The start-up of Exxaro’s Belfast coal mine in Mpumalanga province, South Africa, has been aided by Concor Infrastructure’s work on building dams, roads, platforms and other infrastructure, the infrastructure group said.
At work since October 2017, Concor Infrastructure is constructing four major dams, 26 concrete platforms and terraces, 37 internal roads of 16 km in length, and is upgrading almost 13 km of provincial roads, among other aspects at the mine, it said.
This month, Exxaro announced that Belfast had produced its first coal six months ahead of schedule. The mine, which was only expected to start producing coal in 2020, was expected to cost R3.3 billion ($221 million) to build and would be a “first-of-its-kind digital mine”, ranking as the last good-quality A-grade, high-yield coal deposit in Mpumalanga, the coal miner said.
According to Concor Infrastructure Contracts Manager, Pierre van Vuuren, these tailings dams are being lined with both a geosynthetic clay liner and high-density polyethylene sheets, in accordance with the water use licence and related environmental regulations. Various structures around the dams are also being installed, including large silt traps, drying beds, inflow chutes to prevent scouring, and spillways and sumps.
Among the concrete platforms and terraces are two primary crusher bases being built for the run-of-mine crushing facilities. The various structures being built by Concor will demand almost 350 t of steel reinforcing and nearly 2,700 t of bulk cement. Other inputs will be around 15,000 t of 19 mm aggregate and nearly 13,000 t of crusher sand.
Extensive upgrading is being done on the D1770 and D1110 provincial roads – for the transport of coal to the rail siding – including eight major culverts under the roadway, Concor said. For all the project’s road works, almost 9.5 km of subsoil drains are to be installed, as well as 2.7 km of stormwater culverts. G5 and G6 construction material comes from an external quarry and crushing plant about 30 km from site towards Carolina.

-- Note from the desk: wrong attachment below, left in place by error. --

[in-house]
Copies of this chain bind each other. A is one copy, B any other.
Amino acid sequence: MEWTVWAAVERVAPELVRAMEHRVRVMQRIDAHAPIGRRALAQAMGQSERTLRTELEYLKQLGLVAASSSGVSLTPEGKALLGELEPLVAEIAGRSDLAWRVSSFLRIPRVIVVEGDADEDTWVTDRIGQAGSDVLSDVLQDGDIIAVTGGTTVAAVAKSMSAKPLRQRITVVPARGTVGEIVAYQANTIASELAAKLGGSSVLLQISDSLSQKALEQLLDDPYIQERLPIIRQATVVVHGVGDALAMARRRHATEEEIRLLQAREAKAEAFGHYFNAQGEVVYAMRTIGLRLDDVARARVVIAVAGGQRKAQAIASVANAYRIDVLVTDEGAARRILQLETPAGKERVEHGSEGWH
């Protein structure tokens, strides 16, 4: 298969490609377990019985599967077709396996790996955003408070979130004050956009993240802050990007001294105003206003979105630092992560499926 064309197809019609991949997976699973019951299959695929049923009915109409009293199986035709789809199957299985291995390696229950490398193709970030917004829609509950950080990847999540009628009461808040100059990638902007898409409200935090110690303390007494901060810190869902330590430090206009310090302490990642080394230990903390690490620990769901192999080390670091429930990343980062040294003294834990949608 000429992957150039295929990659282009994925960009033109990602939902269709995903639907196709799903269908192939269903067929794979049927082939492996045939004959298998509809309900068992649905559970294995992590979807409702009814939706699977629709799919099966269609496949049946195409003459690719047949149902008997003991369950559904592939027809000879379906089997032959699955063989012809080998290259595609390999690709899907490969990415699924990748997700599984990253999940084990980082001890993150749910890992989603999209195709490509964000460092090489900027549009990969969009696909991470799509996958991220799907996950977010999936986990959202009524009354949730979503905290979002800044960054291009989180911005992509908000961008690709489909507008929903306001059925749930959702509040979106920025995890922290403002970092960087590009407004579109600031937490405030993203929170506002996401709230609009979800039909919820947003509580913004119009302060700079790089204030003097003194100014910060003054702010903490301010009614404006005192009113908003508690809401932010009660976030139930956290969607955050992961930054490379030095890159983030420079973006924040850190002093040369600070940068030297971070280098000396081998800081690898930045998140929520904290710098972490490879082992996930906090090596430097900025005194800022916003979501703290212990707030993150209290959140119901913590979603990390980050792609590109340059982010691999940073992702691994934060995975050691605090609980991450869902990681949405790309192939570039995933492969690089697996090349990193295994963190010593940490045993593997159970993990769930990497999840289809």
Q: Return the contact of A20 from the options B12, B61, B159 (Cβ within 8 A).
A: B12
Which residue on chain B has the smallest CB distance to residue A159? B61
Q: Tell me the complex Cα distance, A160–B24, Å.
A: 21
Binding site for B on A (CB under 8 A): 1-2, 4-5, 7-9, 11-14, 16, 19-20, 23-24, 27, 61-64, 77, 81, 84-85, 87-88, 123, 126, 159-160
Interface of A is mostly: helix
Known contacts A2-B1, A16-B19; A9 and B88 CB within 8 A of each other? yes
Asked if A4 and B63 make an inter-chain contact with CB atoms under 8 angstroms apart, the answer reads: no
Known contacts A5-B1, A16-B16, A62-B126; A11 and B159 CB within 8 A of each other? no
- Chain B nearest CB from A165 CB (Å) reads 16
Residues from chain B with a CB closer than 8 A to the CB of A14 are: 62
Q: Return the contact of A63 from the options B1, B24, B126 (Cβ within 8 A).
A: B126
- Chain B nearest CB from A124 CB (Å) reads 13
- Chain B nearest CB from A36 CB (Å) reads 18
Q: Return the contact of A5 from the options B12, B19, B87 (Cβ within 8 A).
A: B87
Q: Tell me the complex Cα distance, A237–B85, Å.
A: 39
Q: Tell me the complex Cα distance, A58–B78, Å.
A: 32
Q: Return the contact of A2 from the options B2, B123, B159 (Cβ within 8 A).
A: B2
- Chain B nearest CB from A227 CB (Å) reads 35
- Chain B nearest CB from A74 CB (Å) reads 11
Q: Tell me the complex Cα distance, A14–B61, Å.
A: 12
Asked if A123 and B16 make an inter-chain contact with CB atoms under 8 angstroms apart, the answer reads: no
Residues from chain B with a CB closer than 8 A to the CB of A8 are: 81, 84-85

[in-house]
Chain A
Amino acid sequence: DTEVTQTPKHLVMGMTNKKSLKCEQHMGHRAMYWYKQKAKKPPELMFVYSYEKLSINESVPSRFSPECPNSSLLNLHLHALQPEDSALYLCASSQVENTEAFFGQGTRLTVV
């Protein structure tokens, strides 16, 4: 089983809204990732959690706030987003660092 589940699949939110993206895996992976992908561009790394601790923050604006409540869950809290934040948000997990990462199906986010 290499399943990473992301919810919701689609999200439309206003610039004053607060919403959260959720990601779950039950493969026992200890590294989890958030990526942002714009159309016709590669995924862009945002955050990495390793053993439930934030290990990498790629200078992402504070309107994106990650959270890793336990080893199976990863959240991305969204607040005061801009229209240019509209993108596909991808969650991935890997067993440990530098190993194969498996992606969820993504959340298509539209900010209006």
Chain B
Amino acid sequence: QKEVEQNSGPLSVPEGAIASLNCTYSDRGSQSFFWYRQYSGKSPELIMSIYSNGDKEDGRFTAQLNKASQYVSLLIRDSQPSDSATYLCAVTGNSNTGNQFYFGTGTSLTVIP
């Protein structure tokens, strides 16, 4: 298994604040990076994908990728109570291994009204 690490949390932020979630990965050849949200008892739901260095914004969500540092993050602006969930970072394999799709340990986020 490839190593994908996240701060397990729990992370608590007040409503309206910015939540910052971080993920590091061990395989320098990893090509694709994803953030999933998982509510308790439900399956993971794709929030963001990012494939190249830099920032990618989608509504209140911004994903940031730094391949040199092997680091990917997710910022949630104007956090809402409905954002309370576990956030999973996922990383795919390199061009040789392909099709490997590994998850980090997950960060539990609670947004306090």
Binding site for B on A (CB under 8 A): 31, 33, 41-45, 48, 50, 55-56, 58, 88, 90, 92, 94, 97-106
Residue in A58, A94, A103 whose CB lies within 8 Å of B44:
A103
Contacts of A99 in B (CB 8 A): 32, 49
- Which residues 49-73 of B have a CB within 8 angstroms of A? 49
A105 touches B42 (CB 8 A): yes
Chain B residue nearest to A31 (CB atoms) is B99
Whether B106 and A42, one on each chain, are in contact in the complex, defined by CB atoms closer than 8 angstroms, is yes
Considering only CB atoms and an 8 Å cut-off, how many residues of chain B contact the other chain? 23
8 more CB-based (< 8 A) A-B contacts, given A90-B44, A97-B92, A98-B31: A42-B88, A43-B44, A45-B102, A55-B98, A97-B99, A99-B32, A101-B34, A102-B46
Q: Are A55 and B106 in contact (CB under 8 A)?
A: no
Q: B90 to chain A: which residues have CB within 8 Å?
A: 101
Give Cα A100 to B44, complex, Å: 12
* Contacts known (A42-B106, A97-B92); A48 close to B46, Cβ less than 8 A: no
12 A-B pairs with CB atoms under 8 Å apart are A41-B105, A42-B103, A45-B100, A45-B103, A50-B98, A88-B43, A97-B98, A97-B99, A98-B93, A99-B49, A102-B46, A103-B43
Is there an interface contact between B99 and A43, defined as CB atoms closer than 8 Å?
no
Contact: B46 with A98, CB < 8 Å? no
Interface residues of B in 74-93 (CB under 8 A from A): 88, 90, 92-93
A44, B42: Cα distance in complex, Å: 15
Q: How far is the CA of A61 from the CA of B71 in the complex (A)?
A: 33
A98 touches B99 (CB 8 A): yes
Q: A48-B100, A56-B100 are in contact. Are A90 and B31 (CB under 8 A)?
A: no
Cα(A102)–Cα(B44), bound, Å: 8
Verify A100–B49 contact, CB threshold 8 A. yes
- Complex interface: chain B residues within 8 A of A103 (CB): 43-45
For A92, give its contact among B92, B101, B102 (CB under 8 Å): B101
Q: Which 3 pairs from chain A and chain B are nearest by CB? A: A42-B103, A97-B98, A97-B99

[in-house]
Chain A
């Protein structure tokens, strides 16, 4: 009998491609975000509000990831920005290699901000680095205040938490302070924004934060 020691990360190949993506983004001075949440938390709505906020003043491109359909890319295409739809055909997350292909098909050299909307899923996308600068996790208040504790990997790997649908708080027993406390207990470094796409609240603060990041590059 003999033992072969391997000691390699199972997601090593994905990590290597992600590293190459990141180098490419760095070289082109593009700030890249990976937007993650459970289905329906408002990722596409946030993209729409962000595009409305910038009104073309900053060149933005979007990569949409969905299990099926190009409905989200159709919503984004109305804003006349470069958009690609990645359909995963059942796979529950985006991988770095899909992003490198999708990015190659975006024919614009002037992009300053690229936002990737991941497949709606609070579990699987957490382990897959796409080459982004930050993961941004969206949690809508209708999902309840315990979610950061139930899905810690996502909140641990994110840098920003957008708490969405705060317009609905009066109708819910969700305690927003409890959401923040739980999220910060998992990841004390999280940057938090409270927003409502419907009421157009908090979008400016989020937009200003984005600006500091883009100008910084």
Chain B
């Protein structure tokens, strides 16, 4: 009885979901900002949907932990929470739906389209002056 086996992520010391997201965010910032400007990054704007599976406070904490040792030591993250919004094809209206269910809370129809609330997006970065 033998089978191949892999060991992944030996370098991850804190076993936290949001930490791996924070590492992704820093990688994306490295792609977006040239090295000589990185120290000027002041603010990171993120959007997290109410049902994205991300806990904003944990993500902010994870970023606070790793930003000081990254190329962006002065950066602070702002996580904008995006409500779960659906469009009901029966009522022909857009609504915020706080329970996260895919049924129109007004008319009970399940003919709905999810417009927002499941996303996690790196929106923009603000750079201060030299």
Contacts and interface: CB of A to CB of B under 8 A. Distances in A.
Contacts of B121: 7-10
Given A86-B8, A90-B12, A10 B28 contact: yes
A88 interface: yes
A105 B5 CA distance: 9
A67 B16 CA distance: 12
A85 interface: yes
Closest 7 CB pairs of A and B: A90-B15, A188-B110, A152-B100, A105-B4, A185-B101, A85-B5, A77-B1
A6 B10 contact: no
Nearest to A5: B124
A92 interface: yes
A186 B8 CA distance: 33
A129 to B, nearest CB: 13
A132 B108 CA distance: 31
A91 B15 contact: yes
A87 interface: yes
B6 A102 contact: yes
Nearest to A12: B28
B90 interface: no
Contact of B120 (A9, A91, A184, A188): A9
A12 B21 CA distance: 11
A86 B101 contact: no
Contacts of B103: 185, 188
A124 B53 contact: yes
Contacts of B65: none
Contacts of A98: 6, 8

Contracts Manager, Mabandla Dlamini, says the project has had a substantial local impact with a core labour complement of about 180 personnel being accommodated in the Emakhazeni municipal district. The overall workforce managed by Concor Infrastructure, with contractors, totals closer to 700 – all of which are transported 30 km daily by the local taxi network.
Dlamini also says various subcontracts are outsourced to local small enterprises, such as drainage, stone pitching, paving, kerbing, fencing, security services and catering. Diesel is sourced from a local fuel depot in Belfast with the project expected to consume about 4.3 million litres of diesel in site-wide applications.
Over 150 items of plant and equipment are active on the site, according to Site Agent, Sarel van der Berg, with about 40 items such as articulated dump trucks, tippers and graders sourced from local plant hirers.
Belfast is expected to produce 2.7 Mt of good-quality thermal coal a year for at least the next 17 years, starting in 2020. There is also potential for a second phase, which could take the mine life to 30 years.